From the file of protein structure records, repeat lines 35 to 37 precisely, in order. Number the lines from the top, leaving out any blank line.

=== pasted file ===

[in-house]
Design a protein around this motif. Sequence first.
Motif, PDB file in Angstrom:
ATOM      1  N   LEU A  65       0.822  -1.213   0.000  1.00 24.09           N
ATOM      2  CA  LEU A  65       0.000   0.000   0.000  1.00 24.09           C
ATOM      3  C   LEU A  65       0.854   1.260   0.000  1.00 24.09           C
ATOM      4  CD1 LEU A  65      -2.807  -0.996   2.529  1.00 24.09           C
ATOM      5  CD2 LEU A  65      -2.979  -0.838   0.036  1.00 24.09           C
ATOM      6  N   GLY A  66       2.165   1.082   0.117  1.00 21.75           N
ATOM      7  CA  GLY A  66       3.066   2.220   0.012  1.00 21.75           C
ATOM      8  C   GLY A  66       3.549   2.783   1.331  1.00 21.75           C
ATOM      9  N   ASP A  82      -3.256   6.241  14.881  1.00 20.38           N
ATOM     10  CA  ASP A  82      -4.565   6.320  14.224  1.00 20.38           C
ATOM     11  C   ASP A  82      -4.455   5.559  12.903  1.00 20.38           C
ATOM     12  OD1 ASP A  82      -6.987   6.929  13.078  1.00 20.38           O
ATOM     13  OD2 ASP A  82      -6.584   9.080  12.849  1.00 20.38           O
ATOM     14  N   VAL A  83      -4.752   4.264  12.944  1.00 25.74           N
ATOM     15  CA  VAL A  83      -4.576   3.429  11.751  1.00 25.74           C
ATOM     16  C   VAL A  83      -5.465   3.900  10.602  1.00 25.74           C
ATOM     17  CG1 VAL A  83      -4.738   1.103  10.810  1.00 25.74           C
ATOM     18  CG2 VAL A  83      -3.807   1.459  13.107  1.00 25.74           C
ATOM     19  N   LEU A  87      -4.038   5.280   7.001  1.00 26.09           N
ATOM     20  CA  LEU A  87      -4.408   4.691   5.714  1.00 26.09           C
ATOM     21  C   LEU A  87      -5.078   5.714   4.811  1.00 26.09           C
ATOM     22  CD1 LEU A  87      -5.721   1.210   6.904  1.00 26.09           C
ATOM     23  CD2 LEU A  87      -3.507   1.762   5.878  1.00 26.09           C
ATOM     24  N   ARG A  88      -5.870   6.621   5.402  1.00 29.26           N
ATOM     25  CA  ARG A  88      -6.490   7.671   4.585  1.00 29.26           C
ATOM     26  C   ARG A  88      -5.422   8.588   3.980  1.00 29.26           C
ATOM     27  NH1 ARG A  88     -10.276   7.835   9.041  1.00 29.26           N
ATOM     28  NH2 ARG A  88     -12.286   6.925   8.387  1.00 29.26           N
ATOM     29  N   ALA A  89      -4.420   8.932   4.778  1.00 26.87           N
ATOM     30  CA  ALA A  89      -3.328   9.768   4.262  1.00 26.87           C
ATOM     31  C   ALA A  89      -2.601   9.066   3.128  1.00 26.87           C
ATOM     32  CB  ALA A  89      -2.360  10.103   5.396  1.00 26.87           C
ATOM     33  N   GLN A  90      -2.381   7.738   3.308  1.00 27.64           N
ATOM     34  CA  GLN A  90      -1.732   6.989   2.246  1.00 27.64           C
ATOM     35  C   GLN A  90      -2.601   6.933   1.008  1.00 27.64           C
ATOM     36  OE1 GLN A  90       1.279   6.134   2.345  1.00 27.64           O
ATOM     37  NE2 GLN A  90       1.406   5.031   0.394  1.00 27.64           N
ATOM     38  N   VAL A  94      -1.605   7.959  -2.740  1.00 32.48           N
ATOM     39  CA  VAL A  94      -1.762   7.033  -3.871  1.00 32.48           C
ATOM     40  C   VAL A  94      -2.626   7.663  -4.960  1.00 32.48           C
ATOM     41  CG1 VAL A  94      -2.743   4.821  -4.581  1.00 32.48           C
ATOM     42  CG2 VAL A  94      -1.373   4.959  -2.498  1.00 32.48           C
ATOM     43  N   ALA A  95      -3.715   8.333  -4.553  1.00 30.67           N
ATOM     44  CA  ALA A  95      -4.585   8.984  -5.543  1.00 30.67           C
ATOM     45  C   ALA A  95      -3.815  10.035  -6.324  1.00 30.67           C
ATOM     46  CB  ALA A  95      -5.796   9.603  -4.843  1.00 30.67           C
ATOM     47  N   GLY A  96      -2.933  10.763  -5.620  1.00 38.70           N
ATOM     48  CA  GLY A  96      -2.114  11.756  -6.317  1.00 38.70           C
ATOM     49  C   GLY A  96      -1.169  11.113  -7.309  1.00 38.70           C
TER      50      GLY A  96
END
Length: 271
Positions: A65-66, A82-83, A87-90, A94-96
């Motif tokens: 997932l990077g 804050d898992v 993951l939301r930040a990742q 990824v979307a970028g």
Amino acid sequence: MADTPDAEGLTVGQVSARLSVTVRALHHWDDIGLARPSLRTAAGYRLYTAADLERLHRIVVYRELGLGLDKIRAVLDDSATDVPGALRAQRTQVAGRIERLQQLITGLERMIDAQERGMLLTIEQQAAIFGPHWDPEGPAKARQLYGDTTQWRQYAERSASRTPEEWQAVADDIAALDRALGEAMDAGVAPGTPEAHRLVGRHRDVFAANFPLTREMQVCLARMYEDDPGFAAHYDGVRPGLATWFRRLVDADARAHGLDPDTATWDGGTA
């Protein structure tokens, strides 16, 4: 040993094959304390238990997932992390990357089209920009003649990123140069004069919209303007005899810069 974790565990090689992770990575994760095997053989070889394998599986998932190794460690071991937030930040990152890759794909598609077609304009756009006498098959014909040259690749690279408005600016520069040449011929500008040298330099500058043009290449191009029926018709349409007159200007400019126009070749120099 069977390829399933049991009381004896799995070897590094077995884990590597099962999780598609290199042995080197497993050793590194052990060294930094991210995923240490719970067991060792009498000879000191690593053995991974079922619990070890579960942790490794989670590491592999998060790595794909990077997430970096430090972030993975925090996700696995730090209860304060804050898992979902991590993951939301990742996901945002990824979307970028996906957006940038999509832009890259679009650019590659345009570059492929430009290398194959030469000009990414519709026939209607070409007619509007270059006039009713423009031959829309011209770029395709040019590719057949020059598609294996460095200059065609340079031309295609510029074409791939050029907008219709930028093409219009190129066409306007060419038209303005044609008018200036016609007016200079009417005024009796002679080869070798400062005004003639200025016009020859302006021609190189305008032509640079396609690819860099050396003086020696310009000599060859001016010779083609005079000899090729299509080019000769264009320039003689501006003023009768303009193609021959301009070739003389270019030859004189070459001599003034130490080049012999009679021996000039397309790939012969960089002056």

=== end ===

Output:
ATOM     32  CB  ALA A  89      -2.360  10.103   5.396  1.00 26.87           C
ATOM     33  N   GLN A  90      -2.381   7.738   3.308  1.00 27.64           N
ATOM     34  CA  GLN A  90      -1.732   6.989   2.246  1.00 27.64           C